Diabetes linked to early signs of Alzheimer's

The link between diabetes and Alzheimer's has been a hot topic in the news this year.

Food writer Mark Bittman made the subject popular when he wrote an article outlining how insulin resistance is a common root for both conditions.

Now, however, researchers have a little more hard evidence. In a recent study appearing in Aging Cell, scientists discovered that diabetes may actually predispose a person to showing early signs of Alzheimer's.

The role of brain proteins

The link has to do with specific proteins in the brain which cause Alzheimer's when they clump together. These proteins, amyloid beta and tau, were found to be significantly more aggregated in the brains of diabetic mice.

"Our study supports and extends the links between diabetes, aging and Alzheimer's," said Pamela Maher, senior author of the study. "We show that type 1 diabetes increases vascular-associated amyloid beta buildup in the brain and causes accelerated brain aging."

Astrocytes and nerve cells

While the researchers aren't sure exactly why the increase in brain proteins occurs in diabetic mice, they suggest that it has to do with the bonding of proteins with sugar molecules, as well as changes in astrocytes.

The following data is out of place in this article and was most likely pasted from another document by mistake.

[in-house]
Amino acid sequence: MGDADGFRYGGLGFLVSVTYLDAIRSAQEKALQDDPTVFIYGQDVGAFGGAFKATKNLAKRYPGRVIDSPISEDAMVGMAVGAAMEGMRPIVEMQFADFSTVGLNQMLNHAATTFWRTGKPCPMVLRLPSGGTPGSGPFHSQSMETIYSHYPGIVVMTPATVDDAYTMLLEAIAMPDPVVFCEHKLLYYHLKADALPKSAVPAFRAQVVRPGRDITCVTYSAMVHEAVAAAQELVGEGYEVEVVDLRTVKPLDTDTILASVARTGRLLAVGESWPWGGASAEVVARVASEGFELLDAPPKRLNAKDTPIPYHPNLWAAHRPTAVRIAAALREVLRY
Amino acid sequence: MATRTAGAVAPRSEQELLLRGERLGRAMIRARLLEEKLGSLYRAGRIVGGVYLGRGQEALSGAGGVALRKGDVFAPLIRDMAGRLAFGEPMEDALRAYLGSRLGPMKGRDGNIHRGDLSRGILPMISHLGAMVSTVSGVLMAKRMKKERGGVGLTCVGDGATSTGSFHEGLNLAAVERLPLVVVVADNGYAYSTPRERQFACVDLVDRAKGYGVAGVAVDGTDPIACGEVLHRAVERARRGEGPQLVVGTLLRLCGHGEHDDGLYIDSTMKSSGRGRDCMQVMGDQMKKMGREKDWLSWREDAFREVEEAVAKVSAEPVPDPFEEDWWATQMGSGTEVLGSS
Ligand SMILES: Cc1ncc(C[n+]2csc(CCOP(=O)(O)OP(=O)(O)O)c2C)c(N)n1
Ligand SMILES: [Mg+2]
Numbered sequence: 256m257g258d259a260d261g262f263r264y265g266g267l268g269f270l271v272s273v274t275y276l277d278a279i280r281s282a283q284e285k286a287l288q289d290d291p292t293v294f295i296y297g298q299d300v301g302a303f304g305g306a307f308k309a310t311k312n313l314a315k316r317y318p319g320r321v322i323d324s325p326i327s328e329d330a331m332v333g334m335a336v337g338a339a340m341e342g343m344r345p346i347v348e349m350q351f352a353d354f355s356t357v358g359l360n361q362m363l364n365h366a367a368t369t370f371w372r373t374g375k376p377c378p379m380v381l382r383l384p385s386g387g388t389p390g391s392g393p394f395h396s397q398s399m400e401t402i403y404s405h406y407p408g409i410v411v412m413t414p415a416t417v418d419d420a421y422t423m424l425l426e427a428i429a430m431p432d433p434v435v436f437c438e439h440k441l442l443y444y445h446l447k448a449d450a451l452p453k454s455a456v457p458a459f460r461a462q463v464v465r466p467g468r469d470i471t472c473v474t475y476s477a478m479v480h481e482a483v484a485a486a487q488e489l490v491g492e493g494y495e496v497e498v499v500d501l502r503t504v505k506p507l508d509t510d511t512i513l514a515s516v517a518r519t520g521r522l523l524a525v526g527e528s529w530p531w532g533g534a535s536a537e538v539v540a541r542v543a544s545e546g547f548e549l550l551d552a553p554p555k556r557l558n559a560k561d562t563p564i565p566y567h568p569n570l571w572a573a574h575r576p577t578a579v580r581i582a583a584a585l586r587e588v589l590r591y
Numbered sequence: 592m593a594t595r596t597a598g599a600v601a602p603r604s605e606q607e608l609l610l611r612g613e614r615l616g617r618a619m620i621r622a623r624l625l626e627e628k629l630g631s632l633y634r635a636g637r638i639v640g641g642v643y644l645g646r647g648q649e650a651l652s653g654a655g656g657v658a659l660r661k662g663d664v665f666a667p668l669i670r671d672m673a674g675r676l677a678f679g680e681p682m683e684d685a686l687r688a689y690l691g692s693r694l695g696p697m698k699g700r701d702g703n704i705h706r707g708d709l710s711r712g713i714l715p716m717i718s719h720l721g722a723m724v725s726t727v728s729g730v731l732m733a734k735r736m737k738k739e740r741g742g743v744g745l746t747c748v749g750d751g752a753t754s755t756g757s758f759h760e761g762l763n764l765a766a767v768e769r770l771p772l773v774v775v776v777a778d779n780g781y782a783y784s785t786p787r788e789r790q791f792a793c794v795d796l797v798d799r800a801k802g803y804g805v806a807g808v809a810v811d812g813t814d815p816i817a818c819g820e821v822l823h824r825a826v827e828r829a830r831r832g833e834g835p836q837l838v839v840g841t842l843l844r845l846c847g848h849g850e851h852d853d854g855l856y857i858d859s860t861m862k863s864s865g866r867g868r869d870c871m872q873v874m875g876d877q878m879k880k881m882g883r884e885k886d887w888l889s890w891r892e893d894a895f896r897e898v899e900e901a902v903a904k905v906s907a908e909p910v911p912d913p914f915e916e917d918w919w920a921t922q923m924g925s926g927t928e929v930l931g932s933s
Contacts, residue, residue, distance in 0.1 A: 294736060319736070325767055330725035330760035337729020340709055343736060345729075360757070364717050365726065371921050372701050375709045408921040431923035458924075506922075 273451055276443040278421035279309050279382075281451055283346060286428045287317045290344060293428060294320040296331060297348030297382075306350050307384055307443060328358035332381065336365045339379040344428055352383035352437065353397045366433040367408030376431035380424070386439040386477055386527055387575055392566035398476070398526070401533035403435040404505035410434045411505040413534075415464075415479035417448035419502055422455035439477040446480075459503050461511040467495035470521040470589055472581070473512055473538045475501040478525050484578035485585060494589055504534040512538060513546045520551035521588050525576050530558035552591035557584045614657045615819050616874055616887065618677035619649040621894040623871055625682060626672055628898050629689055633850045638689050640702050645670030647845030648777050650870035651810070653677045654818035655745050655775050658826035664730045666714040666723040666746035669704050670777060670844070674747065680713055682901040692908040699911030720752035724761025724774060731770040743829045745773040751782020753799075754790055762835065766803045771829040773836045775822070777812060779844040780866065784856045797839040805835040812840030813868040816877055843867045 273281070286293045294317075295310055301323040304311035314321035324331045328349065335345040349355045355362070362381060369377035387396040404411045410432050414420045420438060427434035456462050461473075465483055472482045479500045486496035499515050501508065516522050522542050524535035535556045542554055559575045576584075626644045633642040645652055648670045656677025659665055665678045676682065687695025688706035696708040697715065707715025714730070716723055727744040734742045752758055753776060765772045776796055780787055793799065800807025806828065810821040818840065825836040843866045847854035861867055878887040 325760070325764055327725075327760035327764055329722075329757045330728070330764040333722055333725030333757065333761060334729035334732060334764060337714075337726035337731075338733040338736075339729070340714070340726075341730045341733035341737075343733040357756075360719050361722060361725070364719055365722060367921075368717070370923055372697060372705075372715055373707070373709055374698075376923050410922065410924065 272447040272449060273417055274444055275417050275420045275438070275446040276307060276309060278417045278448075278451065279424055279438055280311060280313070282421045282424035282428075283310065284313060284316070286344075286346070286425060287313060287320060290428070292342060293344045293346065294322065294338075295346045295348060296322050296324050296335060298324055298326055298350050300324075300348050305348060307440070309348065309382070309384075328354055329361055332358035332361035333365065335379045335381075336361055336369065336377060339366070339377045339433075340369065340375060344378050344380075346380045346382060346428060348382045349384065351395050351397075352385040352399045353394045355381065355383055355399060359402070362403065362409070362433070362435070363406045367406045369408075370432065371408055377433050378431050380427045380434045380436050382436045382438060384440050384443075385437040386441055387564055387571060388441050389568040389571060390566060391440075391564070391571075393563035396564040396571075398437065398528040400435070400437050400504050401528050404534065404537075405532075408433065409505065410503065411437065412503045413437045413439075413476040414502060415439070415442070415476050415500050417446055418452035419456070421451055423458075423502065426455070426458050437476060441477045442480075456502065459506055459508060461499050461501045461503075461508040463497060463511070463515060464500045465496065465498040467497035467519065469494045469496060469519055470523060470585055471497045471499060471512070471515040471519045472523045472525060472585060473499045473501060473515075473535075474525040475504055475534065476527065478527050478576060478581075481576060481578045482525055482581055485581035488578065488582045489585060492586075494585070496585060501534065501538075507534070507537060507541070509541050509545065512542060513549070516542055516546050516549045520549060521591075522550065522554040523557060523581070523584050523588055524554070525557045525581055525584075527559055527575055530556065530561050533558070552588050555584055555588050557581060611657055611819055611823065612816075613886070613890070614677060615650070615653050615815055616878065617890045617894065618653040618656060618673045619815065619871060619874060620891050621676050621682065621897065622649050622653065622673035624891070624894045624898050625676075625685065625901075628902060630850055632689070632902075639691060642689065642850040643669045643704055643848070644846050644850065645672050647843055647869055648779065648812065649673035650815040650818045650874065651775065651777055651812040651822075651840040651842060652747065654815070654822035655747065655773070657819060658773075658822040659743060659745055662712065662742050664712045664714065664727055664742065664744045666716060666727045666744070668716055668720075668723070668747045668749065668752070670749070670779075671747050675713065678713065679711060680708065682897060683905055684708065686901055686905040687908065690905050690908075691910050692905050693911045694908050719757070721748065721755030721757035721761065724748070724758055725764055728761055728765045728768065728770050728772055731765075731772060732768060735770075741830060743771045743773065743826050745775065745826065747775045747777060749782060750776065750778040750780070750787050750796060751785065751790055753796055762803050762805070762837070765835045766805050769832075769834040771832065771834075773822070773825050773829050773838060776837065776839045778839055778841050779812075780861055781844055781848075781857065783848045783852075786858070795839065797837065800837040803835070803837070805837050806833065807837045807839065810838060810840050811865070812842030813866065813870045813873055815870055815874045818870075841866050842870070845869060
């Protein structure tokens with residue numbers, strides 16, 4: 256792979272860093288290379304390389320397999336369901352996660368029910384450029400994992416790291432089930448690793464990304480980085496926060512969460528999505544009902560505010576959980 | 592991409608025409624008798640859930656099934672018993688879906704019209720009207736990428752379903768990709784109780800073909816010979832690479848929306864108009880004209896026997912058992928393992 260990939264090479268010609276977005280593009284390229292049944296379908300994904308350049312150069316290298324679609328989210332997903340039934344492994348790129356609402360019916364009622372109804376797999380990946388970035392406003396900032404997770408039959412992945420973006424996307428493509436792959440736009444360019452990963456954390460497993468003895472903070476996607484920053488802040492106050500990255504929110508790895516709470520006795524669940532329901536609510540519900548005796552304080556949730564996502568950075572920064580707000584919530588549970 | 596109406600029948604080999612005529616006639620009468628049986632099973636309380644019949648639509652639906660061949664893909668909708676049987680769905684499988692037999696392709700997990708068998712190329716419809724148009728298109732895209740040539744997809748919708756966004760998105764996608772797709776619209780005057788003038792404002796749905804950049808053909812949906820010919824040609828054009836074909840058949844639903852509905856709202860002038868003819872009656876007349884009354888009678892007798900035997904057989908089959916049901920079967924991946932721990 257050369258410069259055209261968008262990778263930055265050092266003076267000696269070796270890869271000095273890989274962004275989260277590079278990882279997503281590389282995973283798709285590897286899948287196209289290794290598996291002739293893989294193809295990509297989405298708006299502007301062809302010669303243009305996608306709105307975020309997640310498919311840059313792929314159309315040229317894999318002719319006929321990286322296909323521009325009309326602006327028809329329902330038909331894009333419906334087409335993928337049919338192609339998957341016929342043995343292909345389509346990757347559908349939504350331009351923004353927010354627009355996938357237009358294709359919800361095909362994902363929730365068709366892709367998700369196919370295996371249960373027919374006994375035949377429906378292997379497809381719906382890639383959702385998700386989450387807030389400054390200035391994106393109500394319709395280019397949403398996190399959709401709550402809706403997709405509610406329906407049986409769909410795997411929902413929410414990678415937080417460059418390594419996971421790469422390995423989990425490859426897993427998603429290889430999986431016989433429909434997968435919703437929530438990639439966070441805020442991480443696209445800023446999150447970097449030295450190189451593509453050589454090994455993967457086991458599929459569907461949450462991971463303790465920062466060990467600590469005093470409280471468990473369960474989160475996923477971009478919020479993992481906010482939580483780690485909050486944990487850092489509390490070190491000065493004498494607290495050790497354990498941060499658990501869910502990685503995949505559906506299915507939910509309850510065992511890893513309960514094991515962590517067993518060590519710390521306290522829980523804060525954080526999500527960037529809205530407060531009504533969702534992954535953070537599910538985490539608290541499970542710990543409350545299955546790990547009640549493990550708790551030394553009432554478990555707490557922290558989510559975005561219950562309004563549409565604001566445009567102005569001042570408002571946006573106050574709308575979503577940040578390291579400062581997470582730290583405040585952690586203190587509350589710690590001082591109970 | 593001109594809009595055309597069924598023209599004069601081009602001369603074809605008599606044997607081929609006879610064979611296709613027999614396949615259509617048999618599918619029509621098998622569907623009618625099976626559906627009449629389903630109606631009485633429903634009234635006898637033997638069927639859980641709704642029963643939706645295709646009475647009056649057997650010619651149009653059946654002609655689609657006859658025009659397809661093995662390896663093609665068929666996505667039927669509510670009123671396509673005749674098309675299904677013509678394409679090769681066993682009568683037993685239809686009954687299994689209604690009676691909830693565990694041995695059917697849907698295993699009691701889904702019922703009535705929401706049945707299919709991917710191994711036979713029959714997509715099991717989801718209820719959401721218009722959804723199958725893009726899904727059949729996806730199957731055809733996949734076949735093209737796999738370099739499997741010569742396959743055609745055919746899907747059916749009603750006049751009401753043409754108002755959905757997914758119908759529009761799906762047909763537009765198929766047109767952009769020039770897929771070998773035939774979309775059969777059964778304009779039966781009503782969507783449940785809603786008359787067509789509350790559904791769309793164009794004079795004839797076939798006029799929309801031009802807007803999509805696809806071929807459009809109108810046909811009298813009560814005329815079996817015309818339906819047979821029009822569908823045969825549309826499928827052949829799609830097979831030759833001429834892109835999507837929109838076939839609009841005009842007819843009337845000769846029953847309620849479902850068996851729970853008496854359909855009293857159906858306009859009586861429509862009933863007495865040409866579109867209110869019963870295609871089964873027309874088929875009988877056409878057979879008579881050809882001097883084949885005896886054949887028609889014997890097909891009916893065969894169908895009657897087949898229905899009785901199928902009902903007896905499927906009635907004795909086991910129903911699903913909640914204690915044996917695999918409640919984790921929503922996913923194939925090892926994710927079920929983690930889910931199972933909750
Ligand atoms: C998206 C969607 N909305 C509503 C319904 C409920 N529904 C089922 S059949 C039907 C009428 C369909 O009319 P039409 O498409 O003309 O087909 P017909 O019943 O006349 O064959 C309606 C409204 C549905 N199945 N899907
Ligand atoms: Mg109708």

"Astrocytes play a key role in maintaining nerve cells in the brain," said Antonio Currais, lead study author.

"Both chronic peripheral inflammation and increased non-enzymatic glycation are associated with diabetes, and these changes may act on the brain to alter astrocyte function, which eventually leads to Alzheimer's-like changes."

The study sheds new light how how targeting the neuro-vascular system might be useful in coming up with early-stage Alzheimer's treatments.

According to Science Daily, Alzheimer's affects one in 10 Americans over the age of 65 and about half of people over 85.

Source: Science Daily

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